No. 2 – another afternoon with anna

23 Dec

“In my dreams I’m always in prison,” she said. “Behind bars or kidnapped…in a hospital, or something.” Her eyes looked even more blue in the soft light that was streaming through the cafe window, seemingly with the express purpose of making Anna more beautiful. She was a sad girl, but only because she had never discovered there was any other way of being. There are more like her out there in the world, floating about in sighs, an entire army’s worth of sad people. They are the gray the wild world needs to balance out the Technicolor.

In those days I thought it was my purpose in life to bring roses to her funeral. Or maybe a jazz band the way they do in the French Quarter, filling the streets with music to celebrate someone being gone. Anna wasn’t gone yet, though. I could still hold her, still feel the way her heart beat–a frantic little mouse’s heart thrumming against my chest when I pressed her to me. Sometimes a good holding was all I could offer her.

“Not so tight, I feel trapped,” she had often said. Tears also made her eyes more beautiful, a blue found only in the Caribbean. Just before the first tear fell, the salty water covering her pupils like glass magnified the divine color and the tiny kaleidoscopic patterns I liked to believe I was the only one who had ever noticed before.

“You’re so beautiful,” I had said. I didn’t know what else to say. Anna scoffed and placed her little cup of espresso back into it’s tiny saucer. She smiled as much as she could, seeming somewhat embarrassed at the admission that she could express any emotion that gave way to a smile.

“I used to worry about being beautiful,” she said. “Now I worry about being brilliant.” Anna waved her hand toward a pile of six notebooks she carried everywhere she went. The covers were all different, some with flowers on them and some worn around the edges. Anna wrote pages and pages of things I wasn’t allowed to read until she felt they were finished, but never seemed to get around to being finished. I was always kept wondering, appeased only with her spoken words. Still, I was curious.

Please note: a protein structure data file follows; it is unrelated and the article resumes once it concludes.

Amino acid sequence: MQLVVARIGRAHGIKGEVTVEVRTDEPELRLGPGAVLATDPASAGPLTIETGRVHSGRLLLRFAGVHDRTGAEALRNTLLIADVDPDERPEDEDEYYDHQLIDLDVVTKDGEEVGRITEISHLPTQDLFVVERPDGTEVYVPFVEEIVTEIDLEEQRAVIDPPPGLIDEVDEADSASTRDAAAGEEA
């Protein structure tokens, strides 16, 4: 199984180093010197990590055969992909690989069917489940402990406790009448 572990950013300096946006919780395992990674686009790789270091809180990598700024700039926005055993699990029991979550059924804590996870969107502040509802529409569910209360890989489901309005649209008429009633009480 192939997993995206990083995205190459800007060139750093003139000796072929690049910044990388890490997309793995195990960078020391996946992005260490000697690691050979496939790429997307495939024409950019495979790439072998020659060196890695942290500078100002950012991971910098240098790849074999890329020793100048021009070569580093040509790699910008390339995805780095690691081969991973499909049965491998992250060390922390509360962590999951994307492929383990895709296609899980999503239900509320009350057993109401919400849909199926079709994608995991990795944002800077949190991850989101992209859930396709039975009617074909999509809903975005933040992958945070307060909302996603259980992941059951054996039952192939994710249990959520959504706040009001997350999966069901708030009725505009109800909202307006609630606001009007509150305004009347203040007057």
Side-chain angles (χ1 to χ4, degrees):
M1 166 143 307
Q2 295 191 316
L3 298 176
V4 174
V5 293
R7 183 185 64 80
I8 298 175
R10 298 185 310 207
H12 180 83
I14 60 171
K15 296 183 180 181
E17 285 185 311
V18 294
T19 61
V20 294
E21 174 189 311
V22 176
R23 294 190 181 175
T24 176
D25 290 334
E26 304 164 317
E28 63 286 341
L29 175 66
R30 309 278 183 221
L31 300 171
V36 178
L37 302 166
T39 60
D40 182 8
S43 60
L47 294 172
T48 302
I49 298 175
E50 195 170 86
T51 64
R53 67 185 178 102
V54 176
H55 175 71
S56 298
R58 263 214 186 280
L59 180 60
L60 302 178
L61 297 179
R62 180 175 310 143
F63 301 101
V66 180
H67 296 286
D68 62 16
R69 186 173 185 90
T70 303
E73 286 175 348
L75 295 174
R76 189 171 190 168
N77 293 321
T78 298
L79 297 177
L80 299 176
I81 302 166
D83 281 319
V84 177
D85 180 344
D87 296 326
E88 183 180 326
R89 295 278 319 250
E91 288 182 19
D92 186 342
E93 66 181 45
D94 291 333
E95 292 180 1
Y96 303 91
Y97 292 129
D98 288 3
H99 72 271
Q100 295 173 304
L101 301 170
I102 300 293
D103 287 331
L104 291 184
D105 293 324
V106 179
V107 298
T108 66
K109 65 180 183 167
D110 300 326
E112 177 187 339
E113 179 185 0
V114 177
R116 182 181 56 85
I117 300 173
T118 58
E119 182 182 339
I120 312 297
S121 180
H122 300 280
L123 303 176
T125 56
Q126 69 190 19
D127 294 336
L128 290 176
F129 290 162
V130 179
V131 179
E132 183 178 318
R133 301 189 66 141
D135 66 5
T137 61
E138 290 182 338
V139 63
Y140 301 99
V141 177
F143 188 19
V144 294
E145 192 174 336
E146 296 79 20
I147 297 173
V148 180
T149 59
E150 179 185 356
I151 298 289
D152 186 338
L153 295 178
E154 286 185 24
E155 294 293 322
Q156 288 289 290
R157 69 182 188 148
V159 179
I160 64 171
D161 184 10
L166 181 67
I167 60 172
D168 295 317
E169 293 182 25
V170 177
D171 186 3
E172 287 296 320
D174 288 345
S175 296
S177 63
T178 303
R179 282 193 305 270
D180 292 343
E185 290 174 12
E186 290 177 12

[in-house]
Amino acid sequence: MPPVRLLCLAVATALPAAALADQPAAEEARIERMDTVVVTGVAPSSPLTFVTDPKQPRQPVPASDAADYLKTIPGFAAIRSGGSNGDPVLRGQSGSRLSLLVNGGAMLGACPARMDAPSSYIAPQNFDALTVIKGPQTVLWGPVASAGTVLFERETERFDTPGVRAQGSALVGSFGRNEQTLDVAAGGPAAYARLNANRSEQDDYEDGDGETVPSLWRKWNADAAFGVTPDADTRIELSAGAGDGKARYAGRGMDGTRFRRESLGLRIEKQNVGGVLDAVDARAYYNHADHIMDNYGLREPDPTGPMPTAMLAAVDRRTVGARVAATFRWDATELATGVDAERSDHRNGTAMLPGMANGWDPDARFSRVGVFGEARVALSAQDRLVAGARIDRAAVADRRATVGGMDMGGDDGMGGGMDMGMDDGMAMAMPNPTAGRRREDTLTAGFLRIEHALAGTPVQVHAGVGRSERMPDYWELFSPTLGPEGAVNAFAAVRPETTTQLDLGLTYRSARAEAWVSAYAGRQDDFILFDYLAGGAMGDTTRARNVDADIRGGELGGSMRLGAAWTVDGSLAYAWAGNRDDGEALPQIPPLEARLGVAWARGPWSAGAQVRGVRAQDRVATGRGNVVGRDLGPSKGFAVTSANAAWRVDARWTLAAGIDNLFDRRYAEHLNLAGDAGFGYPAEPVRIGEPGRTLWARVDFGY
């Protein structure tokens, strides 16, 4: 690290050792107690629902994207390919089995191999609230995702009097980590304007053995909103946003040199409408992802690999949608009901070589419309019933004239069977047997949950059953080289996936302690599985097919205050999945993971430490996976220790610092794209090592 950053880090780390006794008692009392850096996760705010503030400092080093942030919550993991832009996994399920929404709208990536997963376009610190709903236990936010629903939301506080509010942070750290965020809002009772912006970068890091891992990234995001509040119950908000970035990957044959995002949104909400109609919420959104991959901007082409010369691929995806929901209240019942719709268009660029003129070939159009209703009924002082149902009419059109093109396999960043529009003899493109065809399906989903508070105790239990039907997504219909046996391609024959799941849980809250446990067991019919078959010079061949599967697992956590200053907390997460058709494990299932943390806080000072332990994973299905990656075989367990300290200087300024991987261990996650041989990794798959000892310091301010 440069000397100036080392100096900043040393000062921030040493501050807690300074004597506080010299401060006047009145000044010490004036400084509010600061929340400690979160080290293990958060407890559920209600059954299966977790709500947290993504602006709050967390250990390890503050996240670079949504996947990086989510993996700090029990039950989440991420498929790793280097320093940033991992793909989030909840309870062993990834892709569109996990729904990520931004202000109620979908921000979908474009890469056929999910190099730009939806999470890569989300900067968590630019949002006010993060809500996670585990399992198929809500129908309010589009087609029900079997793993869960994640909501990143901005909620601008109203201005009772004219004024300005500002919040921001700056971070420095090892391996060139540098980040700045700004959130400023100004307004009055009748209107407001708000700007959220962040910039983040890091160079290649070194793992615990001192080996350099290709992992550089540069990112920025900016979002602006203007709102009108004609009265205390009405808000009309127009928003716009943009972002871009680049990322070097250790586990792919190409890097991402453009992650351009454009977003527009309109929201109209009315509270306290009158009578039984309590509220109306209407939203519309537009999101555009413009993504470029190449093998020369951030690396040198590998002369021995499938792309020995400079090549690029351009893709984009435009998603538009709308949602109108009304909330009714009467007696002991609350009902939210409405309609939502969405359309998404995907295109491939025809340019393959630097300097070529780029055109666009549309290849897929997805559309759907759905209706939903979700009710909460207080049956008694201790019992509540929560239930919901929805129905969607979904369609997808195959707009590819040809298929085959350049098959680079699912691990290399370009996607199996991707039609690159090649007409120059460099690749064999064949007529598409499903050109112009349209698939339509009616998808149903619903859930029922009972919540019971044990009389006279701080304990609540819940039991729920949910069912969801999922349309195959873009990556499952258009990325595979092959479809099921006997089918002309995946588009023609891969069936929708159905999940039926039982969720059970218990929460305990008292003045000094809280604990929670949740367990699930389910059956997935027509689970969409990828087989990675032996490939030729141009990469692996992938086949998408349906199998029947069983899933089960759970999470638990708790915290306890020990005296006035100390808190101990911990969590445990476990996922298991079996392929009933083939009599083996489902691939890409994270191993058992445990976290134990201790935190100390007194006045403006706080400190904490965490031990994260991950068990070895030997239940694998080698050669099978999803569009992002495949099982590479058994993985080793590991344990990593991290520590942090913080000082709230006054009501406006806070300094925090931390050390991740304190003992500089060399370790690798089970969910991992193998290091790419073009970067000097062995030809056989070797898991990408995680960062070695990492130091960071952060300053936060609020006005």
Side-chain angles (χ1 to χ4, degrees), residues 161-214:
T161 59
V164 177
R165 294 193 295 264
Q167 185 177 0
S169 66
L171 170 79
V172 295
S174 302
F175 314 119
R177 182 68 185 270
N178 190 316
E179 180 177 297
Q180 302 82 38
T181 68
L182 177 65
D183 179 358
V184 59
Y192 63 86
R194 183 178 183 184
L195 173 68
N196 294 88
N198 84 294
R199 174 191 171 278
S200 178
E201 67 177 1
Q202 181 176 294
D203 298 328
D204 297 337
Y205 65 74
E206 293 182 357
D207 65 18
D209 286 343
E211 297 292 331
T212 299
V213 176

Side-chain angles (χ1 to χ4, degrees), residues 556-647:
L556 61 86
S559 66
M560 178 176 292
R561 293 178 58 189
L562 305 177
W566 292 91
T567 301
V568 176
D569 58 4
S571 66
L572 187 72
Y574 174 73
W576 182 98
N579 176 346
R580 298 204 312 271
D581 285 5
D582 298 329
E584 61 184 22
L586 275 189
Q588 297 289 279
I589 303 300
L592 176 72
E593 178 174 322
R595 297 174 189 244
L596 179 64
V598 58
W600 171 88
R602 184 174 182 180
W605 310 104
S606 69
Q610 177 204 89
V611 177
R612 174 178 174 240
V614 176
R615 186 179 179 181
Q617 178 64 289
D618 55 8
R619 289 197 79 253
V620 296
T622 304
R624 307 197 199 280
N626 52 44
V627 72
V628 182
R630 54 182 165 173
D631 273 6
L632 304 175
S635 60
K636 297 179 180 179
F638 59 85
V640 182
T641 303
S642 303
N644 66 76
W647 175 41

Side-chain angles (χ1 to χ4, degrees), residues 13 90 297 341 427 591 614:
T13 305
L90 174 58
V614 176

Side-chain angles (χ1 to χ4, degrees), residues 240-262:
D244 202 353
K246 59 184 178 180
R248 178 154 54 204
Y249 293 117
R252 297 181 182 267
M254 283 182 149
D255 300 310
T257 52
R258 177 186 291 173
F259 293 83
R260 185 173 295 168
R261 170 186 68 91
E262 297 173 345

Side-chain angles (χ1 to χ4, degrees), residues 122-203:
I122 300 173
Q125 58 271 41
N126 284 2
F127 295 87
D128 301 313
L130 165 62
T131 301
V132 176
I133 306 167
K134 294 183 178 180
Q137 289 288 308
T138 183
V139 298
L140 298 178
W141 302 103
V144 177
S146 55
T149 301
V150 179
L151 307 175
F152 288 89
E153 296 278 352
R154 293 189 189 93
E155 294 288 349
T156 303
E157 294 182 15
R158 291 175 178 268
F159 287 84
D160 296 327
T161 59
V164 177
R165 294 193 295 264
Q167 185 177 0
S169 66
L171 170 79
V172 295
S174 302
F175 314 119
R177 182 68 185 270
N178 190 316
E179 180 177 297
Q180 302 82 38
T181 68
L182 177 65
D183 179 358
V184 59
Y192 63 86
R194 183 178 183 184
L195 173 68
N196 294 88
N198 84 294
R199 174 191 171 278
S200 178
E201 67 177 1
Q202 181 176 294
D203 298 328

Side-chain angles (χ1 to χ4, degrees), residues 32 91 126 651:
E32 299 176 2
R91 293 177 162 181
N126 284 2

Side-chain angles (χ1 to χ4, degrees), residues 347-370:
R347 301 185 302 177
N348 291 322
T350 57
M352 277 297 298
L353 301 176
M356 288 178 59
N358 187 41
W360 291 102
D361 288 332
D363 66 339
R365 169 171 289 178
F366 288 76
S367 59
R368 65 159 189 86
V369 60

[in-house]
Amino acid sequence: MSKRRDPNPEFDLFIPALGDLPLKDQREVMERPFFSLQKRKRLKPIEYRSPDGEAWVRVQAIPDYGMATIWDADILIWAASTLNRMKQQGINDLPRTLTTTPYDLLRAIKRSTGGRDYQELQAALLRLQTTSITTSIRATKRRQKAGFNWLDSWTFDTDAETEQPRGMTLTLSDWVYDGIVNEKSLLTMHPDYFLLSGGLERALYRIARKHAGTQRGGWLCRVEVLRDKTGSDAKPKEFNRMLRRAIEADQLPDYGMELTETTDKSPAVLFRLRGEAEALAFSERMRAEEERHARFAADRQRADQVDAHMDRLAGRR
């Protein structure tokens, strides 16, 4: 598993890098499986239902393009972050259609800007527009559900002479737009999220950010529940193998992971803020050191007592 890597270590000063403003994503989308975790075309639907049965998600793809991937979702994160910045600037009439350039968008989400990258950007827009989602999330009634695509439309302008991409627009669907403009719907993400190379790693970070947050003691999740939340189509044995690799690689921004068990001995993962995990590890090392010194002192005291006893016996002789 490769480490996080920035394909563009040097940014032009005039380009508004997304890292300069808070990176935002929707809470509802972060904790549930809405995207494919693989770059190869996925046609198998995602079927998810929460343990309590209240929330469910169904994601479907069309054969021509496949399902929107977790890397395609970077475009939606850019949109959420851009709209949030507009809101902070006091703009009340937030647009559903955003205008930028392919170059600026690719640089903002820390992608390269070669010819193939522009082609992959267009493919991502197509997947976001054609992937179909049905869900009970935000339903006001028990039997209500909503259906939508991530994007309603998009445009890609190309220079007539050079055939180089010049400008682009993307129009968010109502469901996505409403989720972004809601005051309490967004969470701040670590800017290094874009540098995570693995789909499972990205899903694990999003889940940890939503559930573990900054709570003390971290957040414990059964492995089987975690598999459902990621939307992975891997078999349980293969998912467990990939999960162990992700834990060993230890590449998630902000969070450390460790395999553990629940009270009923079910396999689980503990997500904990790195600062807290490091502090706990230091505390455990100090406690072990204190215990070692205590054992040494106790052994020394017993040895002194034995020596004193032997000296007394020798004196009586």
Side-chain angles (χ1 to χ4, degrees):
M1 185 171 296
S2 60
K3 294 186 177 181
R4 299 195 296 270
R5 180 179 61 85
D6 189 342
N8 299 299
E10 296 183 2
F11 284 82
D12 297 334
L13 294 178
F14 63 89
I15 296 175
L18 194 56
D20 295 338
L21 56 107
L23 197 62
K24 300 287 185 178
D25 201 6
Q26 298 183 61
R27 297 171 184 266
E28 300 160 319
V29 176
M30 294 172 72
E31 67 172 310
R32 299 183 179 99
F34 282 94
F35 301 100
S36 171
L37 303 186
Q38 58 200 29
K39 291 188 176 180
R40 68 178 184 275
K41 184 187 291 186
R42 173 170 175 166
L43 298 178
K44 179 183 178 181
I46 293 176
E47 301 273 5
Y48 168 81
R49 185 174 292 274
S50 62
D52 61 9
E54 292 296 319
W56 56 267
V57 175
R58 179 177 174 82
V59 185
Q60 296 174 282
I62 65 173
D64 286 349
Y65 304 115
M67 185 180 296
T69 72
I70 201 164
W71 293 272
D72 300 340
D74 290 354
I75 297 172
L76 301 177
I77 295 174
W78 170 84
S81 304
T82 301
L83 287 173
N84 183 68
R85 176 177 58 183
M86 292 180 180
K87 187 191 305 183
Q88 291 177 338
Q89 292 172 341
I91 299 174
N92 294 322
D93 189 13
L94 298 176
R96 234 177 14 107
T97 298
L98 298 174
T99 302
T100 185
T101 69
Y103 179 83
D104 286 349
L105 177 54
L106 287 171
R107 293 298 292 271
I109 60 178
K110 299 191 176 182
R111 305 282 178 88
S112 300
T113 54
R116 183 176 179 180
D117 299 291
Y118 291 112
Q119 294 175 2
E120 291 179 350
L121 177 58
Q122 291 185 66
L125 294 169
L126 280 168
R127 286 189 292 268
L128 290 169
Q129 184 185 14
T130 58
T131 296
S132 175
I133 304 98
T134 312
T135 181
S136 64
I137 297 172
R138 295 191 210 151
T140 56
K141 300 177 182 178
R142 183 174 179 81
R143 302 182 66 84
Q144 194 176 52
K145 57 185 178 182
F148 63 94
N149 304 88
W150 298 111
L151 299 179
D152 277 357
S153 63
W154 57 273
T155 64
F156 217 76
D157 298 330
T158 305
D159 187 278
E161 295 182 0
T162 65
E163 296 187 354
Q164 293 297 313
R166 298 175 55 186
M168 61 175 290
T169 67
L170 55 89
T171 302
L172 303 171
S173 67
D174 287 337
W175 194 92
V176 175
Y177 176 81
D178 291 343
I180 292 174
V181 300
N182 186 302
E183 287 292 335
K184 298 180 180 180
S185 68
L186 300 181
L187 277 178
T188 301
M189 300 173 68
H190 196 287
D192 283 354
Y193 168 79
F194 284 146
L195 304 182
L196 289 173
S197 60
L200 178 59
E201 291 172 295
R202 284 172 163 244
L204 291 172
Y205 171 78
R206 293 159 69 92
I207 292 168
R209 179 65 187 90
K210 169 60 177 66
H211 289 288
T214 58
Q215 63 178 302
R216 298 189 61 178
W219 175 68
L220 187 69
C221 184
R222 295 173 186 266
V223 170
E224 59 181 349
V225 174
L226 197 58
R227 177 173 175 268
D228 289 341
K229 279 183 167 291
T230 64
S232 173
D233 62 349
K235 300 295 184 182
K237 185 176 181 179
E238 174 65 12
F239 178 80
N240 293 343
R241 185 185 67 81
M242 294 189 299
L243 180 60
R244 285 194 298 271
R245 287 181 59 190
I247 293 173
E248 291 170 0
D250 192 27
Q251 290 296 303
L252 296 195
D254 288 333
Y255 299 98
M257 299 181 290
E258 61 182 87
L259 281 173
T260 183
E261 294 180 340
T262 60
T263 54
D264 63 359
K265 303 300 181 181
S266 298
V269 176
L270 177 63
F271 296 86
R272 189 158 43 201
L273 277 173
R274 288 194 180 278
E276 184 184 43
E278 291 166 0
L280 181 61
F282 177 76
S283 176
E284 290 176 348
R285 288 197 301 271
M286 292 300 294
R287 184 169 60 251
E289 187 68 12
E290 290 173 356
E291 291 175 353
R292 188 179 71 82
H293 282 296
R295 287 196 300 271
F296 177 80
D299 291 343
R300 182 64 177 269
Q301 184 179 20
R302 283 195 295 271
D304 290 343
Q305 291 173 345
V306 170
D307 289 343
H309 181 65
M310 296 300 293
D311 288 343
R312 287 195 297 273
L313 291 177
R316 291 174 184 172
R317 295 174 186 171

I was in love with her. She knew it as much as a girl like her could know the way anyone felt about her. Our love affair was full of just enough and almost where other affairs I’d had before her were full of words more absolute. Perhaps that was why I was drawn to Anna. She didn’t give me everything all at once, I had to wait, knowing what she would give me was beyond anything I could have imagined. She was worth the almost and worth the enough for now and worth the waiting and the wondering of afternoons in coffee shops or between the sheets of small hotels we hadn’t used before. I was even beginning to think I’d leave my wife for Anna if she asked me to. My secret worst fear was that she would never ask.

“Do you know I’m in love with you?” I said from beneath the clouds of my daydream. Anna looked out the window and five people passed by before she answered me: An old woman with a plaid headscarf, a young couple holding hands, a little girl with a red balloon and a man who was probably the little girl’s father running to catch up with her. In the span of her silence, I wondered to myself if we would ever be able to balance our romance with the fact that I was her therapist. Anna’s eyes narrowed, as though she could hear my thoughts. She turned her gaze back toward me.

“More importantly,” she said “what do you think about these prison dreams I’ve been having?”


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